For Release: Thursday, January 26, 2017
New York State DEC and DOH Announce Funding of Private Well Hookups to Ensure Clean Water for Residents Near Lake Washington in Towns of New Windsor and Newburgh
New York State will cover $700,000 cost of well hookups and work to recover costs from U.S. Department of Defense through Superfund Program
The Departments of Environmental Conservation (DEC) and Health (DOH) announced additional actions to safeguard drinking water quality in the towns of New Windsor and Newburgh by Governor Cuomo's Water Quality Rapid Response Team, including the commitment to fund the connection of 20 additional private residential wells to municipal water systems.
DOH has been collecting samples of private drinking water wells in areas near Lake Washington that are potentially impacted by PFOA and PFOS contamination. Of 51 private wells sampled to date, 26 wells had low-level detections of PFOA and PFOS; no samples were above the United States EPA's health advisory level for PFOA and PFOS of 70 parts per trillion.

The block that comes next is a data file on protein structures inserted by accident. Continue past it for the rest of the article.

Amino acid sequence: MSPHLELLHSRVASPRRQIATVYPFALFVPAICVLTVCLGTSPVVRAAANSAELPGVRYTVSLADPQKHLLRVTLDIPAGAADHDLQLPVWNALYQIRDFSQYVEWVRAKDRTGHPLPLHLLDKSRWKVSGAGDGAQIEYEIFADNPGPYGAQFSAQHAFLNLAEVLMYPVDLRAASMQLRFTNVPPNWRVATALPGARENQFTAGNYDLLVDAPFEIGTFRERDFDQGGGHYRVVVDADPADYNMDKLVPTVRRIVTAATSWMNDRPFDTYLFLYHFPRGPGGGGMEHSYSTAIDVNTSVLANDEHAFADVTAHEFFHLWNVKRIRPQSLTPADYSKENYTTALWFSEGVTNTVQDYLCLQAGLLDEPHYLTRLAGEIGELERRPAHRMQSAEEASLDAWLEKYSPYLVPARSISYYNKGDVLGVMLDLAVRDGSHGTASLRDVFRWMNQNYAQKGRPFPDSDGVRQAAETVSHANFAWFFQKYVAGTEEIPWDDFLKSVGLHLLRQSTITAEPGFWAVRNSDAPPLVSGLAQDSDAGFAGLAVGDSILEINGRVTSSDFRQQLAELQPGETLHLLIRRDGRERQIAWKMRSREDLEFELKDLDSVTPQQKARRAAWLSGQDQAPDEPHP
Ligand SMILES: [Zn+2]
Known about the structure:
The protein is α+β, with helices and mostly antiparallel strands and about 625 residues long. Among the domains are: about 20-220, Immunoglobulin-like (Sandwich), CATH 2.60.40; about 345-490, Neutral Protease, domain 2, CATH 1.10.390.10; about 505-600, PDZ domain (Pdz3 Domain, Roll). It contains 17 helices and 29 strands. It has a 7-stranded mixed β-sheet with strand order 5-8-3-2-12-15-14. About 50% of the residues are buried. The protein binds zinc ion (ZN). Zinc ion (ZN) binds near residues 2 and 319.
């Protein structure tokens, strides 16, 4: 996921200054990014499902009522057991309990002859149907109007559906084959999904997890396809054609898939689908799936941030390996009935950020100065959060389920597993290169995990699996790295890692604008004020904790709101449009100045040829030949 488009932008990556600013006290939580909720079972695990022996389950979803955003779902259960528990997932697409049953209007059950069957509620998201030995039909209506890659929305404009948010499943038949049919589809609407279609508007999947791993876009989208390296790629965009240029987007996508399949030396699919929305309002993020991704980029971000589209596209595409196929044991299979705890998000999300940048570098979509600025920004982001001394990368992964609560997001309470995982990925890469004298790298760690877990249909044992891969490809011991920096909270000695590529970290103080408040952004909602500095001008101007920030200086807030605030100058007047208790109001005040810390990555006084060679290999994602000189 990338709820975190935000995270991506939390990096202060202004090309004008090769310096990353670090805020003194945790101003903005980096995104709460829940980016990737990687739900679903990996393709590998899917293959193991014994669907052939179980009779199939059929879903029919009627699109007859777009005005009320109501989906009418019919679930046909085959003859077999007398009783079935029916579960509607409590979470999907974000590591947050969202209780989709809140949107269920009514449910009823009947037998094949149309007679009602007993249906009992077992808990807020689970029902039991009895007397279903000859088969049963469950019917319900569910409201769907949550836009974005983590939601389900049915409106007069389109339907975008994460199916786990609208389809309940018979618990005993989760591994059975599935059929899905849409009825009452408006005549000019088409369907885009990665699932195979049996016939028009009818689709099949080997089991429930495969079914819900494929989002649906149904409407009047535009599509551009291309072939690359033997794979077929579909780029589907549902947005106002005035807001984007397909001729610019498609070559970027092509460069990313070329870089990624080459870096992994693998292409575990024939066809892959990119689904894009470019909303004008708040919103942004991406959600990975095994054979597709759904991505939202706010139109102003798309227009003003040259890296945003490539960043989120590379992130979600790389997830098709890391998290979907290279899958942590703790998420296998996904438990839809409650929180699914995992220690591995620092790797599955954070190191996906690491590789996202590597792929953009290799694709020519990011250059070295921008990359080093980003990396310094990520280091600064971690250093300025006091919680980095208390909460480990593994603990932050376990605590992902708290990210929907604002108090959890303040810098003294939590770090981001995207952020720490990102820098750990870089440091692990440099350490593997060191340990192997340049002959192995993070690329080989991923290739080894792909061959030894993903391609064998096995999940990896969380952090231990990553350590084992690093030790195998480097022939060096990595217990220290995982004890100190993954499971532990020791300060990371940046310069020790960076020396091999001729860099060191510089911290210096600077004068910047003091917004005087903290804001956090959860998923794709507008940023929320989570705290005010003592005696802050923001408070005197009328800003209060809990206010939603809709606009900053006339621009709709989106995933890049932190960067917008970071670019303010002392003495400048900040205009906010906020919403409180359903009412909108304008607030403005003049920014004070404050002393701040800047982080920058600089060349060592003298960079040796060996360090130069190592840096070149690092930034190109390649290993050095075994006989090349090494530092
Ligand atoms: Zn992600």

Given the close proximity of these wells to the contamination at Stewart Air National Guard Base - which was recently declared a State Superfund site - the State will reimburse the two towns for costs associated with connecting homes with private wells impacted by PFOA and PFOS contamination to the municipal water supply system. This new effort will involve 20 wells and builds on the State's previous commitment to fund municipal water supply hook ups for six other private wells in the towns of New Windsor and Newburgh.
"We continue to work aggressively to safeguard drinking water quality in communities across New York State, while holding those responsible for contamination accountable for their actions," said DEC Commissioner Basil Seggos. "The Water Quality Rapid Response team is taking decisive action in the towns of New Windsor and Newburgh, and these new private well hookups will ensure that residents have access to a clean water supply."